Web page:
OK, that all sounds standard enough for a private-eye story, except for the curious De Niro character. But I didn’t mention the voodoo ceremonies in which people dance around crazily and sacrifice chickens, hence the aforementioned “dead chickens.” All of this is weird enough, but trust me—we’re at the tip of the iceberg. But for the sake of keeping things spoiler-free, it’s probably best you don’t know too many details of the plot.

I should bring up the infamous bloody sex scene in the movie. The most memorable, disturbing scene is the controversial one—a sex scene featuring Rourke and Lisa Bonet as a young New Orleans woman whose mother knew the missing person. This scene was almost given an “X” rating by the MPAA ratings board. I wouldn’t blame them—it’s freaking insane. It starts out as an erotic sex scene (with multiple shots of Bonet’s bare breasts), only with a few leaks of rain near the bed. But then instead of rain leaking on them, it’s blood. Rourke and Bonet, I think, don’t notice that they’re being soaked in blood and the whole scene is edited in such a bizarre way as the sex gets even more graphic as it goes along.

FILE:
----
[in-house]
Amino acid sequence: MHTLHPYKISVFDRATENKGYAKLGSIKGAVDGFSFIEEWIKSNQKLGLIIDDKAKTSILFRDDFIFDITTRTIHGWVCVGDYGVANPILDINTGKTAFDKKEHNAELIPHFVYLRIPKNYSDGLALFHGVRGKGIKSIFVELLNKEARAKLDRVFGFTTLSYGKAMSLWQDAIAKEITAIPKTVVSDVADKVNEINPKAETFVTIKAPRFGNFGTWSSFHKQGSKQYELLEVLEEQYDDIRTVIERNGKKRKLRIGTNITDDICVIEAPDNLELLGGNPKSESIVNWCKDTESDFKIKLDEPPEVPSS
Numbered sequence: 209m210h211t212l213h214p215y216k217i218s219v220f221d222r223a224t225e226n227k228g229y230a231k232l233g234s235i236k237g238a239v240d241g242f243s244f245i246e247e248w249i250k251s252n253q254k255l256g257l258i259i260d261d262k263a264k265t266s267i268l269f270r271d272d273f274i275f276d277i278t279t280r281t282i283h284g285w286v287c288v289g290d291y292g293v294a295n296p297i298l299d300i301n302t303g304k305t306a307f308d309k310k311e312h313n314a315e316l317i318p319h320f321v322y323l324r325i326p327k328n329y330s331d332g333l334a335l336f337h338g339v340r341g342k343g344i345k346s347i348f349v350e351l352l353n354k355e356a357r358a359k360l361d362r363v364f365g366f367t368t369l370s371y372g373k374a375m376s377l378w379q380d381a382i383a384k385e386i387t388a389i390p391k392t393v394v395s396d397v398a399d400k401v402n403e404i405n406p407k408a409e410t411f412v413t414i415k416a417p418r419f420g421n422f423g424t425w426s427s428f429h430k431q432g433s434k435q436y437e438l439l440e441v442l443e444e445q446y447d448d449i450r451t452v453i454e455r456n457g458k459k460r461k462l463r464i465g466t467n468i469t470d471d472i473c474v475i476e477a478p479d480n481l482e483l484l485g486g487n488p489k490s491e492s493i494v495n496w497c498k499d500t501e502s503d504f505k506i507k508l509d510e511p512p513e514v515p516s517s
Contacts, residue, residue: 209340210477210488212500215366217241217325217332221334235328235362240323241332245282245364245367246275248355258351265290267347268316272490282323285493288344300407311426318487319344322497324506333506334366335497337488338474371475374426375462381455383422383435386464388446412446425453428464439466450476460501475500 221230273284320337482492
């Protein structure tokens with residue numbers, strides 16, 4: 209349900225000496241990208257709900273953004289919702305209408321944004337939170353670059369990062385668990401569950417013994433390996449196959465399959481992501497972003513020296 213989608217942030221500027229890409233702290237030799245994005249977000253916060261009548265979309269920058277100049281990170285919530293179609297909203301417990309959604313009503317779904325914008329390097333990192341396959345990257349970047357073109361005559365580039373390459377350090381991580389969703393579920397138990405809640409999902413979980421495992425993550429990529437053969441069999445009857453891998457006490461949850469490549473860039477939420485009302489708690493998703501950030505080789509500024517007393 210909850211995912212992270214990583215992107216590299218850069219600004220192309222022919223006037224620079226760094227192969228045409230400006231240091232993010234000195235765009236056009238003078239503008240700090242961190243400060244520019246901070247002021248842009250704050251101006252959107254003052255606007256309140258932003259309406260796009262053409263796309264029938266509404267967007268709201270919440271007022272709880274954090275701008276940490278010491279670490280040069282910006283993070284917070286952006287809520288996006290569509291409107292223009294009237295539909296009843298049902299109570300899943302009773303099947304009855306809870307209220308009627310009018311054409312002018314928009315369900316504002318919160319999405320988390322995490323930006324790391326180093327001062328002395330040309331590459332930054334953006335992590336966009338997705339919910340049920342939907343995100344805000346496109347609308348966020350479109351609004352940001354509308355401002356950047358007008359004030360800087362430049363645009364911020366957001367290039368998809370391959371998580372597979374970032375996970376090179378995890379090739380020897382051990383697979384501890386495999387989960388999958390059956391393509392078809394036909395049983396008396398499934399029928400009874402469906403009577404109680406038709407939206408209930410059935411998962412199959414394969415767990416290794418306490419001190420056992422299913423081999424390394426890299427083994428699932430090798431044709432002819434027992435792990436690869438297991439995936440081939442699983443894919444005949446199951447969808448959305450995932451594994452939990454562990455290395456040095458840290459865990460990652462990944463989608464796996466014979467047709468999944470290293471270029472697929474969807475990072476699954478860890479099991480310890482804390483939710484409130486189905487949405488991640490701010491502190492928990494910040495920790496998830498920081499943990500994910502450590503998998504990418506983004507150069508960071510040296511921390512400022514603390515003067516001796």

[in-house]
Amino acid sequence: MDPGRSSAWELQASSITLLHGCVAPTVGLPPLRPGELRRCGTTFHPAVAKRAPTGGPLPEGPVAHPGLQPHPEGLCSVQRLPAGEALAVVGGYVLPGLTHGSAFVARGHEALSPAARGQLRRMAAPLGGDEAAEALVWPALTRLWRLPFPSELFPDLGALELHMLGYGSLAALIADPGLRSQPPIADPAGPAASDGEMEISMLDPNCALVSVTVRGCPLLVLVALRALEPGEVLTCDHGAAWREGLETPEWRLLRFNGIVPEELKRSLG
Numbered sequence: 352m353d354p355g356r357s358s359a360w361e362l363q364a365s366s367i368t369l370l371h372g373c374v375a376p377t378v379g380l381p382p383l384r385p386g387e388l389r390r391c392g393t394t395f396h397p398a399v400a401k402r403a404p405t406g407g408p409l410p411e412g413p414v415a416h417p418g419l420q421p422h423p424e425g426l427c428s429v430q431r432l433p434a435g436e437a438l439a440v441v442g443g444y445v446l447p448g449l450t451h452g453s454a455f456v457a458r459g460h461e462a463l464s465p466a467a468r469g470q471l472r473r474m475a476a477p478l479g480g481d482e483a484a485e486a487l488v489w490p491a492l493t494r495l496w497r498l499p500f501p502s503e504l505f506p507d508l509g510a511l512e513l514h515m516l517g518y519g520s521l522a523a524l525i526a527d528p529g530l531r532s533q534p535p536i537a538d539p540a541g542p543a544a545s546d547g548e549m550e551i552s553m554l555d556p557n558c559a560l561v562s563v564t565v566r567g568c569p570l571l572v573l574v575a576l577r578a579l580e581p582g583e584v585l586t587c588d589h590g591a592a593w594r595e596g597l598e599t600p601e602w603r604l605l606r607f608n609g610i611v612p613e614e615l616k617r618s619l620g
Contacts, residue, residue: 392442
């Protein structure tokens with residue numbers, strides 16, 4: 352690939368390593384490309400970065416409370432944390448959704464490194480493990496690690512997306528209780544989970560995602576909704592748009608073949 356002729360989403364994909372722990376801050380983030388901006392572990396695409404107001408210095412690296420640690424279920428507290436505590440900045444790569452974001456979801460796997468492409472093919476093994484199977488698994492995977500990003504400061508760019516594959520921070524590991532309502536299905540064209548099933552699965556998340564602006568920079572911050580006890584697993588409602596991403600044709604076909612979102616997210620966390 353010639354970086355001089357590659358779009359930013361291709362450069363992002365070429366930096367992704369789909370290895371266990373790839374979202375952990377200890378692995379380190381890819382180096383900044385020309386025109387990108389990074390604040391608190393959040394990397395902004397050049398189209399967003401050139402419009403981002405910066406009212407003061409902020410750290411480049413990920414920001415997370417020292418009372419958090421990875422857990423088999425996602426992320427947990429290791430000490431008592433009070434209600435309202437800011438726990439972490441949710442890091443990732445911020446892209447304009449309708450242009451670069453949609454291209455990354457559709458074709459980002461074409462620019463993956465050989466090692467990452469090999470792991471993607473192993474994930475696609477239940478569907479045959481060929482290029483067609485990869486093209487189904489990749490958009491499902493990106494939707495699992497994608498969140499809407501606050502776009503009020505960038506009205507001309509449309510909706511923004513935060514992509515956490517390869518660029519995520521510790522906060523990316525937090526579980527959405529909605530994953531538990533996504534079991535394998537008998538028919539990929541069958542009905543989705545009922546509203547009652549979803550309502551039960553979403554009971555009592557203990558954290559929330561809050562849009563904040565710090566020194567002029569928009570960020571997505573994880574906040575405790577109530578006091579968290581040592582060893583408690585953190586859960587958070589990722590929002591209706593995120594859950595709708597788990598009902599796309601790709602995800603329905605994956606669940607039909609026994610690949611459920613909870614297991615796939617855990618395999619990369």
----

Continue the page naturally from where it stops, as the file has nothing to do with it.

The story for “Angel Heart” leads up to a shocking, revealing final act that is just insane. It’s one of the strangest, disturbing, chilling endings I’ve ever seen in a movie. I did not see it coming, nor did I want to know once it was revealed to me. Everything that followed didn’t really prepare me for it, which is why it was so shocking. What else I can say about it is that director Alan Parker tries everything to keep you interested and how he handles the ending is going all out to make it his own. The result is a messed-up movie, but a memorable one. That alone grants “Angel Heart” a recommendation.